It’s hard to find meaning in this game for the Bengals.

At 5-7 after last Monday’s loss, it’s all but impossible for Cincinnati to climb back into playoff position. The fork that was stuck in them after Tennessee’s loss, then briefly removed after Denver and Cleveland, has returned. They’re overwhelming favorites to win at Chicago, despite a roster depleted by injury, but what do they stand to gain?

Realistically, they’ll still play hard and play to win – that’s what professional teams are supposed to do. Does that mentality creep in a bit after playoff elimination, even on the NFL level? Certainly. Every team, every player, is incentivized by the prospect of playing football in January. Taking that off the table forces players to find other means of motivating themselves.

Given, that isn’t hard in the NFL. Players always stand to gain from performing well, whether from incentives in their contract or desire to sign another one. The NFL, any given season, is composed of winners and losers. Winners play in January; losers self-evaluate and move parts around to the end of becoming winners. The Bengals, at this point, are losers – every player and coach is a part that is subject to being moved. This isn’t a truth that NFL fans are unaware of, but it’s one that’s arguably held less true in Cincinnati. Mike Brown has historically been reluctant to change staff, as evidenced by Marvin Lewis’ fifteen-year tenure as head coach.

That being said, there’s a growing belief around the league that Lewis’ time in the Queen City is running out. If Lewis’ seat is hot, so too are the seats of all those who answer to him – player or coach. Perhaps, as he has often before, Brown would allow a seat vacated by Lewis to be filled via internal promotion.

It’s possible that’s not in the cards, and perhaps that’s for the best regardless. Ben McAdoo, recently of the Giants, was the most recent example of an internal promotion to replace a retiring coach. Dirk Koetter of Tampa Bay is the most recent coach to be promoted from within to replace a fired one. McAdoo was unceremoniously dumped by the typically straight-laced Giants days ago; Koetter could easily be out by season’s end. The only other coaches in the NFL who were internal hires are Jason Garrett and Mike Mularkey. Garrett’s had some moments, but the collective body of work between the two coaches is a mixed bag.

We’re not close enough to the end yet to know if that’s a possibility for Paul Guenther or Bill Lazor. If their units grow dull to close out the season, however, it absolutely won’t be. For those within the organization, this is a game they have to win.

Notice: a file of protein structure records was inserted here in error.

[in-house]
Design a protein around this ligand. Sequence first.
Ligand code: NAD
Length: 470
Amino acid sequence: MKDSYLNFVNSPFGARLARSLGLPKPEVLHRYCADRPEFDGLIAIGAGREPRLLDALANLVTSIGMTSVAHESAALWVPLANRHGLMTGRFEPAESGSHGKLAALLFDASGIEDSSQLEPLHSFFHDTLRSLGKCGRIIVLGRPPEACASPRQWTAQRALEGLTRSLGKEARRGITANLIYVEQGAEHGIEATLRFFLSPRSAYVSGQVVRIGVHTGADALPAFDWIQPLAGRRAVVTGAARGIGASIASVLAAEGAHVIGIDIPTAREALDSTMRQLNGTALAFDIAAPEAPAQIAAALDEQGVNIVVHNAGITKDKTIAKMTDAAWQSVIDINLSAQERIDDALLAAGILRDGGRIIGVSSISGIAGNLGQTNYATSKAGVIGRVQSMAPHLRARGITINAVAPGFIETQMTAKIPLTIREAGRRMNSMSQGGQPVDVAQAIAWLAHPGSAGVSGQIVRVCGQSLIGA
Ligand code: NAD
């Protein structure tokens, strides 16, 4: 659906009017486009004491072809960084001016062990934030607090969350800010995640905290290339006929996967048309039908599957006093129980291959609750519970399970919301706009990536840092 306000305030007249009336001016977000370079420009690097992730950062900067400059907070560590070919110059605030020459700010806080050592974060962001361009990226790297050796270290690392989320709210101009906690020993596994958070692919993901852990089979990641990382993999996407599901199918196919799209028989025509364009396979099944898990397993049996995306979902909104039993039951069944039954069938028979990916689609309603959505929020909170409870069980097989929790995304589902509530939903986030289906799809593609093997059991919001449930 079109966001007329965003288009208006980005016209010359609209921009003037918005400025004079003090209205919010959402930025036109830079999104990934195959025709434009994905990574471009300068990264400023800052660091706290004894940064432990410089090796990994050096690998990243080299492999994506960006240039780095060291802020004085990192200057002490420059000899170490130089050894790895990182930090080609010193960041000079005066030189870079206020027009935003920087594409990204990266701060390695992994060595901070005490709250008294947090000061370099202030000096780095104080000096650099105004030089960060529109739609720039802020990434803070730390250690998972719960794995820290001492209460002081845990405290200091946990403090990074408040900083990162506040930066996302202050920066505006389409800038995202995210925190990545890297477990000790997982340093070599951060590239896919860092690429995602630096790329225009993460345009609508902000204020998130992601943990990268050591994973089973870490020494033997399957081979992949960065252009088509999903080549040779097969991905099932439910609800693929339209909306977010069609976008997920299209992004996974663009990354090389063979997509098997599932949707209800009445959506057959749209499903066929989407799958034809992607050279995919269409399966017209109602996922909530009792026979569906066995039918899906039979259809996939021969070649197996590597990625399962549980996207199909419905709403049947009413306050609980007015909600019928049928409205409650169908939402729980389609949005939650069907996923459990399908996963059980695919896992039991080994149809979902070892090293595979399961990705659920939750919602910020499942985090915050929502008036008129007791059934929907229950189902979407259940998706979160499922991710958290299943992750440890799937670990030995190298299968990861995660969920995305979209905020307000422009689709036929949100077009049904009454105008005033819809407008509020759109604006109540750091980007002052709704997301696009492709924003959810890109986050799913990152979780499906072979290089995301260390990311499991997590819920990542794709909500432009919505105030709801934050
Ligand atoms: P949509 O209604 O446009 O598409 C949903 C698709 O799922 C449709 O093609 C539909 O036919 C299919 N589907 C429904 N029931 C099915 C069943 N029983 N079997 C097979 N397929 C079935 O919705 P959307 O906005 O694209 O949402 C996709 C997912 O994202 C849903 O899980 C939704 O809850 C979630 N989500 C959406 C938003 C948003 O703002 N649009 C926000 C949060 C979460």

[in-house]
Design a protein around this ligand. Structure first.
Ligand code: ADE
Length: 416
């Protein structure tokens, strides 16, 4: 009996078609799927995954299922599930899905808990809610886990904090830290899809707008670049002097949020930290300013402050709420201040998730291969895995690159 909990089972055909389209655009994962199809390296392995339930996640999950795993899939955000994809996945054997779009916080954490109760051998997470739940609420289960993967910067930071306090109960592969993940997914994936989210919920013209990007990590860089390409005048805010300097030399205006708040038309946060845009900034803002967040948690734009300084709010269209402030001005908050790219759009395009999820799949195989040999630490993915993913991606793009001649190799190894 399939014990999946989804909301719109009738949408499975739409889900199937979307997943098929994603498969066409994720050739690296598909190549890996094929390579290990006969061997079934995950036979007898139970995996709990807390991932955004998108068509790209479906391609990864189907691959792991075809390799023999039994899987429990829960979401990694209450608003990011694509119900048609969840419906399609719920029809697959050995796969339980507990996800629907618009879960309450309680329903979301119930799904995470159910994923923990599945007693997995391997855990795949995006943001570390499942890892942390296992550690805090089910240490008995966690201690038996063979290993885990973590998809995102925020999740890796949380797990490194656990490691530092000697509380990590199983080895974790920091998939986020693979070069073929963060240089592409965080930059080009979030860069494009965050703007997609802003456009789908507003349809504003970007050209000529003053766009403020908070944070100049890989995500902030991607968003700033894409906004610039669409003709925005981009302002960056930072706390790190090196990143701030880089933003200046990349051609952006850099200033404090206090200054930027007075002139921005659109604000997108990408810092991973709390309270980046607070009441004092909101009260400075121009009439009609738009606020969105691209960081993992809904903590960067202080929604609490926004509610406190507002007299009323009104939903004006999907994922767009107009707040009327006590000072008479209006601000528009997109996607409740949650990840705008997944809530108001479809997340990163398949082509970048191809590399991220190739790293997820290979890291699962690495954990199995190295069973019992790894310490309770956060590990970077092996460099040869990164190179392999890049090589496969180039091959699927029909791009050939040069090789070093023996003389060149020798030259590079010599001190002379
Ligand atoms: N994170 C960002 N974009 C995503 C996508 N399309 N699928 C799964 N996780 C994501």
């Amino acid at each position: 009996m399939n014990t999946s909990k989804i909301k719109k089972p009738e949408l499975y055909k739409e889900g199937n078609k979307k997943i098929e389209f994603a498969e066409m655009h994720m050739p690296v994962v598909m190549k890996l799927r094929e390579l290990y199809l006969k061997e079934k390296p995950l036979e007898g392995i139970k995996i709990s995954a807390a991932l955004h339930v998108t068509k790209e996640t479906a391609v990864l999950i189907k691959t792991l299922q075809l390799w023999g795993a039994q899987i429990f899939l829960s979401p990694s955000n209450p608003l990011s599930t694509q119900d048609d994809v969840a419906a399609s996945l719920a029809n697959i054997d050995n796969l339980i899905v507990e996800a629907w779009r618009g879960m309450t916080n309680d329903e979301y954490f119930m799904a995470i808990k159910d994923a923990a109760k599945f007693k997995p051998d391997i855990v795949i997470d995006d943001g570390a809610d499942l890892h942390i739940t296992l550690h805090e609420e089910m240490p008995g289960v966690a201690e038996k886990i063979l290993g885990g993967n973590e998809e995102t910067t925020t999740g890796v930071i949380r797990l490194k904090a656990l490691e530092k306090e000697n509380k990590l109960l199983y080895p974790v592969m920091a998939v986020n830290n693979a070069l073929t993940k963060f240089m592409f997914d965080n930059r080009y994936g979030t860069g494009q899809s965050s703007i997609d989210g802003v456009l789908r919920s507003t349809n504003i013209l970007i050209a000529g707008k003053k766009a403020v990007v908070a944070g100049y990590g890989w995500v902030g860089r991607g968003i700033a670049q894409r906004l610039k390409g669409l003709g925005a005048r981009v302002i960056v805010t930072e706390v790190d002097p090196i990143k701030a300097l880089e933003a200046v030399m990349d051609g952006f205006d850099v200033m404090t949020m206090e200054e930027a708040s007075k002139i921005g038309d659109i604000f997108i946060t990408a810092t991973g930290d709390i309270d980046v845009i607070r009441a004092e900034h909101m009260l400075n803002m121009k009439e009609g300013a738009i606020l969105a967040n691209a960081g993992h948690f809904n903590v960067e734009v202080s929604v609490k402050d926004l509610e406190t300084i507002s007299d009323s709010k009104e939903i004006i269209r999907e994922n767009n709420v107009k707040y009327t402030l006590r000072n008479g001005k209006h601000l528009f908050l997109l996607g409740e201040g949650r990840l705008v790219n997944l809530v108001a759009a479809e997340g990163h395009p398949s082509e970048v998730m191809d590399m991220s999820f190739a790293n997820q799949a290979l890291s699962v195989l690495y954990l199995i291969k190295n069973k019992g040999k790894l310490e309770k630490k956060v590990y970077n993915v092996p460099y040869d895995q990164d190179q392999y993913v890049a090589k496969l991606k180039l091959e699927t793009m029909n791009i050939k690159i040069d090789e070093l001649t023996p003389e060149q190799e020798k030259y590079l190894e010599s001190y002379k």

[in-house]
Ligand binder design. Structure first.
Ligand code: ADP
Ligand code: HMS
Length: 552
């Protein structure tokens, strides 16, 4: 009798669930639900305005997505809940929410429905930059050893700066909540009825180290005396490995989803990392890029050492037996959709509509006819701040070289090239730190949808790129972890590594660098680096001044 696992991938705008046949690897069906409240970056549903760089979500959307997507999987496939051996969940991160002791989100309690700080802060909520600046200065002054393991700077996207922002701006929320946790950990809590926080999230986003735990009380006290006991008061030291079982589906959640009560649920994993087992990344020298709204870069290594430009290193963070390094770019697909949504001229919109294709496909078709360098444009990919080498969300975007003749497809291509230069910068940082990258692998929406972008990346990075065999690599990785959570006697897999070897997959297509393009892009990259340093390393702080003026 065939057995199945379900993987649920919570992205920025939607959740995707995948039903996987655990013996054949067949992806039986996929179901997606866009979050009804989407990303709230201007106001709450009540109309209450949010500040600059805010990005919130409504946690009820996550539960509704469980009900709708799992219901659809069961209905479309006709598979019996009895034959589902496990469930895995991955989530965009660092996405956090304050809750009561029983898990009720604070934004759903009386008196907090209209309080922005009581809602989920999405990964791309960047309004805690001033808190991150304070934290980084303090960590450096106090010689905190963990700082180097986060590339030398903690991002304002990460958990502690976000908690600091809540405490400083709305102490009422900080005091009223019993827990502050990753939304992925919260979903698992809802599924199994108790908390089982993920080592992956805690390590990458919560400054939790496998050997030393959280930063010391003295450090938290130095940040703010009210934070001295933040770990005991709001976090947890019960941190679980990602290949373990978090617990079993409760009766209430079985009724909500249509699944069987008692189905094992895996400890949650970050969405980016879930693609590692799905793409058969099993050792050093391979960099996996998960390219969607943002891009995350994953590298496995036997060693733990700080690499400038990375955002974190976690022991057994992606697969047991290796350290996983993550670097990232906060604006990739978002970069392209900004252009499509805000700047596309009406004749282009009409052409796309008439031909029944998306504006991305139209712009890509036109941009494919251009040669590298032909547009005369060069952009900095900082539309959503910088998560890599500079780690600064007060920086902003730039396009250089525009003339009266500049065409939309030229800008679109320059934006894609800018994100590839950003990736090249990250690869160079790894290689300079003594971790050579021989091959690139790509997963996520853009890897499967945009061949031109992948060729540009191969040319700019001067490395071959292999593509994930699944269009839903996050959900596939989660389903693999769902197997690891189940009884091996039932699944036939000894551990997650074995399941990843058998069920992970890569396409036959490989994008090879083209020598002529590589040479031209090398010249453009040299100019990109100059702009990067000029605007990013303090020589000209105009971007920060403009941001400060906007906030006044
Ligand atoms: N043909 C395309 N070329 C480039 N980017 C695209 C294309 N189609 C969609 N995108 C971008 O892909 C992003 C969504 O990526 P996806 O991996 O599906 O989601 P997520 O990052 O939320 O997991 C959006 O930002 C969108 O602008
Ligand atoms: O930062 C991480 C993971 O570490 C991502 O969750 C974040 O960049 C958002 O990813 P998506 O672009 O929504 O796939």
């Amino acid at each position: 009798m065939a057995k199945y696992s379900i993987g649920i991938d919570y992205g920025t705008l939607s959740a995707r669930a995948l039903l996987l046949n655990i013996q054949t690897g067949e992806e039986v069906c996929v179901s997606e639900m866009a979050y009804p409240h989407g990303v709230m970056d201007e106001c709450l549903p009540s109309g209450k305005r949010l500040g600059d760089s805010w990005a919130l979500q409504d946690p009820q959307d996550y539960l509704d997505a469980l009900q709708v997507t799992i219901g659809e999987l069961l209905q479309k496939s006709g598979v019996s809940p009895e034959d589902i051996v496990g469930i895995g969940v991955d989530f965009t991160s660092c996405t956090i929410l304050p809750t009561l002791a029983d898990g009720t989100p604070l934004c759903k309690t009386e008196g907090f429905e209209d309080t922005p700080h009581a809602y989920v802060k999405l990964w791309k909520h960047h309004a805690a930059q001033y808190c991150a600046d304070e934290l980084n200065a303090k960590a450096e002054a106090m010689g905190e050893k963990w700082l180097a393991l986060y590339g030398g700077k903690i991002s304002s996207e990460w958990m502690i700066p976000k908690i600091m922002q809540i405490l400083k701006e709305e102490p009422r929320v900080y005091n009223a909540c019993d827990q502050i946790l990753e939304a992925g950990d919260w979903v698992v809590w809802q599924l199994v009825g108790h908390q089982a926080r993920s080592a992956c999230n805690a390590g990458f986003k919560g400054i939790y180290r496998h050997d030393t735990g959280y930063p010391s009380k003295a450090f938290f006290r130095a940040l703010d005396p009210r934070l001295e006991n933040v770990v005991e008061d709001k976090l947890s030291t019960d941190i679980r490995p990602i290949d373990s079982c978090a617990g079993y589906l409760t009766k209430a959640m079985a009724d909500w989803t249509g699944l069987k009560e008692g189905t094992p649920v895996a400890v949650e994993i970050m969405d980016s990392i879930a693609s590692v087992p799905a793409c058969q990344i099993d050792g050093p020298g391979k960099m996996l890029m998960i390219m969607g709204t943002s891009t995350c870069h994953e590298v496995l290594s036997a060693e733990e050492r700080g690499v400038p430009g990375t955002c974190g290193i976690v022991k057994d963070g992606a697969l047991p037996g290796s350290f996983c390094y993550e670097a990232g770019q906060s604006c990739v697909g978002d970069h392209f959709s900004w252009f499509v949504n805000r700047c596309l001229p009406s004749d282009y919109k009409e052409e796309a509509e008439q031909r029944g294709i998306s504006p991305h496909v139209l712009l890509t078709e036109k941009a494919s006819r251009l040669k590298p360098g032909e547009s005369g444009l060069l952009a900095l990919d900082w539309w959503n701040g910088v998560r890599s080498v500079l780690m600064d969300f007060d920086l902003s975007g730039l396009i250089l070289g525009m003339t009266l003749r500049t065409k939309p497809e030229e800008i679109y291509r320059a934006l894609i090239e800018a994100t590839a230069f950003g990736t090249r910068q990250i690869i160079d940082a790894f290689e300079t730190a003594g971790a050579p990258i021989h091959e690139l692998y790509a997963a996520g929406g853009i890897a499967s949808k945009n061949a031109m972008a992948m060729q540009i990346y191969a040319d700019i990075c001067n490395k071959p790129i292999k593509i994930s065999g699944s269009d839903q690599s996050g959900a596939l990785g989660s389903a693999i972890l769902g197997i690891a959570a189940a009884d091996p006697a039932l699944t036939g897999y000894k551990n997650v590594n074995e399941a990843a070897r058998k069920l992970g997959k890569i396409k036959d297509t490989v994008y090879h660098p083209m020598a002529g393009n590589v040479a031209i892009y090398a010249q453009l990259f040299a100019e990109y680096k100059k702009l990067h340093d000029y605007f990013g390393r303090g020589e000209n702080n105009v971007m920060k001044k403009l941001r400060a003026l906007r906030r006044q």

Injury Report

OUT: LB Vontaze Burfict, CB Adam Jones, CB Dre Kirkpatrick, HB Joe Mixon, LB Nick Vigil, S Shawn Williams, S Brandon Wilson
QUESTIONABLE: DT Geno Atkins, CB Darqueze Dennard, LB Vincent Rey

Also listed: WR John Ross

DOUBTFUL: S Adrian Amos, DT Eddie Goldman, LB Pernell McPhee
QUESTIONABLE: S DeAndre Houston-Carson

Also listed: WR Josh Bellamy, S Deon Bush, CB Bryce Callahan



OddsShark Predicted Score: Cincinnati 28.3, Chicago 11.0
Spread Consensus: Cincinnati -6.5
Over/Under: 38.5



If you skimmed past the Bengals’ injury report, scroll back up a bit. Take note of how many defensive backs the Bengals could potentially be without on Sunday. Imagine how bad the defensive backfield would look had George Iloka’s one-game suspension been upheld.

Jones, Kirkpatrick, and Williams are locked to the bench. Dennard might be. Iloka would’ve been. Aside from the neophyte William Jackson III, who would the Bengals have left on the field? Josh Shaw? Clayton Fejedelem? With Brandon Wilson also ruled out, there’s one defensive back left on the roster, per the team’s official site. Congratulations, KeiVarae Russell.

The Bengals promoted Tony McRae from the practice squad on Saturday, bringing the defensive back total to five. At the very least, the Bengals can field a nickel package.

Does any of this matter against the Bears, frankly? Of their top five players in receiving yardage, three are receivers: Kendall Wright, Dontrelle Inman, and Josh Bellamy. Combined, they have 61 catches for 761 and three touchdowns. Receivers four and five – Tre McBride and Deonte Thompson – are no longer on the roster. Markus Wheaton, a former Steeler with fewer yards on the season than John Ross, is the only receiver that remains.

Maybe the game is decided by quarterback Mitchell Trubisky picking apart the depleted Bengals’ secondary, but that would surprise everybody. Not because anything’s wrong with the rookie passer, that’s just not how the Bears have attacked games this season. His total numbers on the season: 8 games, 106 completions, 193 attempts, 1,237 yards, 5 touchdowns. Attempts aside, Dalton already has more than twice those numbers through twelve games.

The Bears have a defense, but their pass rush fell off some time ago with the loss of Leonard Floyd. Without that, they’ve been a rudderless ship, going as far as using Jordan Howard as a crutch can take them. Howard’s an excellent player, ranking third in attempts with 212 and fifth in rushing yards with 885. He’s crossed the goal line five times on the ground. He can get his against the Bengals defense, but his efforts haven’t translated to wins and won’t magically start now.

It ought to be a low-scoring affair overall, but the Bengals shouldn’t have a problem winning.



Bengals 20, Bears 13

– Andy Hammel is the Managing Editor for Full Press Coverage Bengals and the Division Editor for Full Press AFC North.


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